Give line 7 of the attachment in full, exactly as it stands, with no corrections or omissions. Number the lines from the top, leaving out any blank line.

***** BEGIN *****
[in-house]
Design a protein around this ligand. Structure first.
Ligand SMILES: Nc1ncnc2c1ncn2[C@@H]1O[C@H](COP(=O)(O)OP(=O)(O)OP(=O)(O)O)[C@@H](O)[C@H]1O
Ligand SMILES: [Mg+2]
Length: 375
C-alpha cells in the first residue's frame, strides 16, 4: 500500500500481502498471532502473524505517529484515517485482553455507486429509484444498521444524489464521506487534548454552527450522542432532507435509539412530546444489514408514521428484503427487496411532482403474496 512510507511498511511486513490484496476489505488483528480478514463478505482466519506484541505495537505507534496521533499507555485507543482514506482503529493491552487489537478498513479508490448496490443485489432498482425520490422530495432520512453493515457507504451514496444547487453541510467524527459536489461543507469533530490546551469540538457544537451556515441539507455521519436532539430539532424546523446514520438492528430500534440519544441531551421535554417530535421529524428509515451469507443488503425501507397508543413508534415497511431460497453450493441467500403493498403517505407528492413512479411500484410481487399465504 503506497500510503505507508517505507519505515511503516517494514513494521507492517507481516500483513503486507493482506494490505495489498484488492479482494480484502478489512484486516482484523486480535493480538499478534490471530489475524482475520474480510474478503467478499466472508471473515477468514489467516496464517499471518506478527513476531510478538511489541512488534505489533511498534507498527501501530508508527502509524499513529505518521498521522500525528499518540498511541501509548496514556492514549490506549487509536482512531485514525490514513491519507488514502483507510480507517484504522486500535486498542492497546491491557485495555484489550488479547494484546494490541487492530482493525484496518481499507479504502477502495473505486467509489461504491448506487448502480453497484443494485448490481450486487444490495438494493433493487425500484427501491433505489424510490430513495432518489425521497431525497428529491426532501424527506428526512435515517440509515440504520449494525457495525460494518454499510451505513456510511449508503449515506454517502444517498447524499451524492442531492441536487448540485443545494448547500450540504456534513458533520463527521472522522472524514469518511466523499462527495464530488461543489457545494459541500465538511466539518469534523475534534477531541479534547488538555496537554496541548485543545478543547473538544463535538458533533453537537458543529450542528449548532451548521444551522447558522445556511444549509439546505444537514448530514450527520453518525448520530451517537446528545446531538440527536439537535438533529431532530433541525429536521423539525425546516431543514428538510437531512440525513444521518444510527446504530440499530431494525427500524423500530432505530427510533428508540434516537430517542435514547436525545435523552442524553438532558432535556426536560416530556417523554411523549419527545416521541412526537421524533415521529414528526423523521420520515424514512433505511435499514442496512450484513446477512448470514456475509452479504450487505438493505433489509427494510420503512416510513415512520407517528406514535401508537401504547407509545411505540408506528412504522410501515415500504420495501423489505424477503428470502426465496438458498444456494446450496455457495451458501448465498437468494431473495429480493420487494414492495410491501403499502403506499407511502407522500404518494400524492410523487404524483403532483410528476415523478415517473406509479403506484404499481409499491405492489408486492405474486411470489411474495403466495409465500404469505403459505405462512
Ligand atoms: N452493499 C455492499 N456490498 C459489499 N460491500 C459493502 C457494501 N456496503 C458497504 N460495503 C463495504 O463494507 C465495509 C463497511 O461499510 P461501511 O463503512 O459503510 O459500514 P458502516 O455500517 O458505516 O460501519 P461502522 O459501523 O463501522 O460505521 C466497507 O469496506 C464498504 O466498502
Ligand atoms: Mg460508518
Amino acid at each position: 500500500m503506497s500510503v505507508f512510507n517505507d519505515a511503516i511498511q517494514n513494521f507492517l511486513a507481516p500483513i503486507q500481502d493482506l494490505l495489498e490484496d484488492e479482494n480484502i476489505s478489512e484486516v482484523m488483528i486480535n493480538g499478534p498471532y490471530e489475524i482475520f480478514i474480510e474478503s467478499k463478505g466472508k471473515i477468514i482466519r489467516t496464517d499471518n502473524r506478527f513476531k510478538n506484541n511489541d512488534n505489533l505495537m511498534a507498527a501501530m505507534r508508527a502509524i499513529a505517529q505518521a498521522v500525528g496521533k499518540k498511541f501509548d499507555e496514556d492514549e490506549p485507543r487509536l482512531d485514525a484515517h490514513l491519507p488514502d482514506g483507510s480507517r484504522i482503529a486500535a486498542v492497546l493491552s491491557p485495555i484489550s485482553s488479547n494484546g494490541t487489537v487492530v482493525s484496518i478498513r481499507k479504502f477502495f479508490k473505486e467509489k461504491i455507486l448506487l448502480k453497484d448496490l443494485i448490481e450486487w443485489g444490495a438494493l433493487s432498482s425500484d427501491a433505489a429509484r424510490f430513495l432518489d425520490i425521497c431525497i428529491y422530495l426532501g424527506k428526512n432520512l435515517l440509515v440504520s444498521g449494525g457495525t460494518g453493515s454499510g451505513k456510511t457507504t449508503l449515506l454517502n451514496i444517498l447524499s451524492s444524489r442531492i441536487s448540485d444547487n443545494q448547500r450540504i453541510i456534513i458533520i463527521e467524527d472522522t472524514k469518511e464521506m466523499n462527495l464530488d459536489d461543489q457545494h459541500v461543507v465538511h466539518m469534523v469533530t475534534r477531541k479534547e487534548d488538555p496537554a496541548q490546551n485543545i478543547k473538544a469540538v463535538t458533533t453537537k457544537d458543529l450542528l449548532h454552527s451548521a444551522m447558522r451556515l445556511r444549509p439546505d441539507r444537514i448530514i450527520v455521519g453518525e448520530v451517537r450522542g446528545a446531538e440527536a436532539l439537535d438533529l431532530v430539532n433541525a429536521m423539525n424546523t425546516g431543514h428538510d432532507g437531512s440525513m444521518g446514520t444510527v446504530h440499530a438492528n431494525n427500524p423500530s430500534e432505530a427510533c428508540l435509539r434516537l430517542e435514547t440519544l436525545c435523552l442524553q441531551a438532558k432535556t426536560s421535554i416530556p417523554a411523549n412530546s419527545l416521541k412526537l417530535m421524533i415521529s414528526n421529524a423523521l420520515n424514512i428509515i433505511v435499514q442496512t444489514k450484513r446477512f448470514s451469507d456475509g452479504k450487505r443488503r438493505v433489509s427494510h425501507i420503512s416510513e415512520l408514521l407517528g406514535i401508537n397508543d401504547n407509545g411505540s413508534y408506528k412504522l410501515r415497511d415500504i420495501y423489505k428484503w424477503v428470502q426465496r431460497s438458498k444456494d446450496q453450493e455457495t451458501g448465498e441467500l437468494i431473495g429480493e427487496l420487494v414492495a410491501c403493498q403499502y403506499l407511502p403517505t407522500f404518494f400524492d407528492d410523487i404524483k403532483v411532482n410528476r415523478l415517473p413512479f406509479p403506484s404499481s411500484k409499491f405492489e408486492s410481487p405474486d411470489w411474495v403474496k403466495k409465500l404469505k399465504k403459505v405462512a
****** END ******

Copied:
Ligand atoms: N452493499 C455492499 N456490498 C459489499 N460491500 C459493502 C457494501 N456496503 C458497504 N460495503 C463495504 O463494507 C465495509 C463497511 O461499510 P461501511 O463503512 O459503510 O459500514 P458502516 O455500517 O458505516 O460501519 P461502522 O459501523 O463501522 O460505521 C466497507 O469496506 C464498504 O466498502